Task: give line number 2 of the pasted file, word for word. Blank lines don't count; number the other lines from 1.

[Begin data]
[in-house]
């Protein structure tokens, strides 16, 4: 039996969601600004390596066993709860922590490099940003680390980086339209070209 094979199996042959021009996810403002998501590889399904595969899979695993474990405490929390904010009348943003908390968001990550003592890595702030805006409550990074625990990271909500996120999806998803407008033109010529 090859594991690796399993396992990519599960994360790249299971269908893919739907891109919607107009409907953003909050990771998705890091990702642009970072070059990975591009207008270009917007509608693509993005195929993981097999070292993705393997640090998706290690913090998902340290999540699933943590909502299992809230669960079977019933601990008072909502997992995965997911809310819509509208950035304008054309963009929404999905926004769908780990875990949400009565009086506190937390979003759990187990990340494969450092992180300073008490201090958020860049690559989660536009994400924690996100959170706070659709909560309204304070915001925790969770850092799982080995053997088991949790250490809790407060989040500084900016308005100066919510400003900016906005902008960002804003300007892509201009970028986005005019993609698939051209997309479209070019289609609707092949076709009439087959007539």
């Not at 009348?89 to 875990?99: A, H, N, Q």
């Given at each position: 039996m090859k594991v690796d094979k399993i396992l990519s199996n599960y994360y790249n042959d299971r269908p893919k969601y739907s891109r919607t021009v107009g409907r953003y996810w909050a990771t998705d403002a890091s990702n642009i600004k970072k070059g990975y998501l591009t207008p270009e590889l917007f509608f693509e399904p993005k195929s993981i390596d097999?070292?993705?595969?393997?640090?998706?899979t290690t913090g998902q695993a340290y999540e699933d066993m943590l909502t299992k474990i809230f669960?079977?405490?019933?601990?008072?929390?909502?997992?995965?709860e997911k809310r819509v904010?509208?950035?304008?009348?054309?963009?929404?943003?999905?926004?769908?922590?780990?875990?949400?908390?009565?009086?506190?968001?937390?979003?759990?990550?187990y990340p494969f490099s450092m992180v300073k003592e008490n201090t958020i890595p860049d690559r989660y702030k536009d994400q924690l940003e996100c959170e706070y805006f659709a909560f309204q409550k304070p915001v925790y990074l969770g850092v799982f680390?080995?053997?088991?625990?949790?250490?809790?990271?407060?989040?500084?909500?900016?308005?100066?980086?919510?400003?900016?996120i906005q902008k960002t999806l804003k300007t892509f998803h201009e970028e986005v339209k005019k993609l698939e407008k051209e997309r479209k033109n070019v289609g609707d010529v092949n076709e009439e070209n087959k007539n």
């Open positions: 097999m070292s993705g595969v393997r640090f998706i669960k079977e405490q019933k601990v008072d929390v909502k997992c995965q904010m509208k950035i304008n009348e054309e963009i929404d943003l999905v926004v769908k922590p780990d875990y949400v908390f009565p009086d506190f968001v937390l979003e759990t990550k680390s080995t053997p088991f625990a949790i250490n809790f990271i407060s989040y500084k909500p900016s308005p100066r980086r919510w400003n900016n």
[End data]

């Protein structure tokens, strides 16, 4: 039996969601600004390596066993709860922590490099940003680390980086339209070209 094979199996042959021009996810403002998501590889399904595969899979695993474990405490929390904010009348943003908390968001990550003592890595702030805006409550990074625990990271909500996120999806998803407008033109010529 090859594991690796399993396992990519599960994360790249299971269908893919739907891109919607107009409907953003909050990771998705890091990702642009970072070059990975591009207008270009917007509608693509993005195929993981097999070292993705393997640090998706290690913090998902340290999540699933943590909502299992809230669960079977019933601990008072909502997992995965997911809310819509509208950035304008054309963009929404999905926004769908780990875990949400009565009086506190937390979003759990187990990340494969450092992180300073008490201090958020860049690559989660536009994400924690996100959170706070659709909560309204304070915001925790969770850092799982080995053997088991949790250490809790407060989040500084900016308005100066919510400003900016906005902008960002804003300007892509201009970028986005005019993609698939051209997309479209070019289609609707092949076709009439087959007539």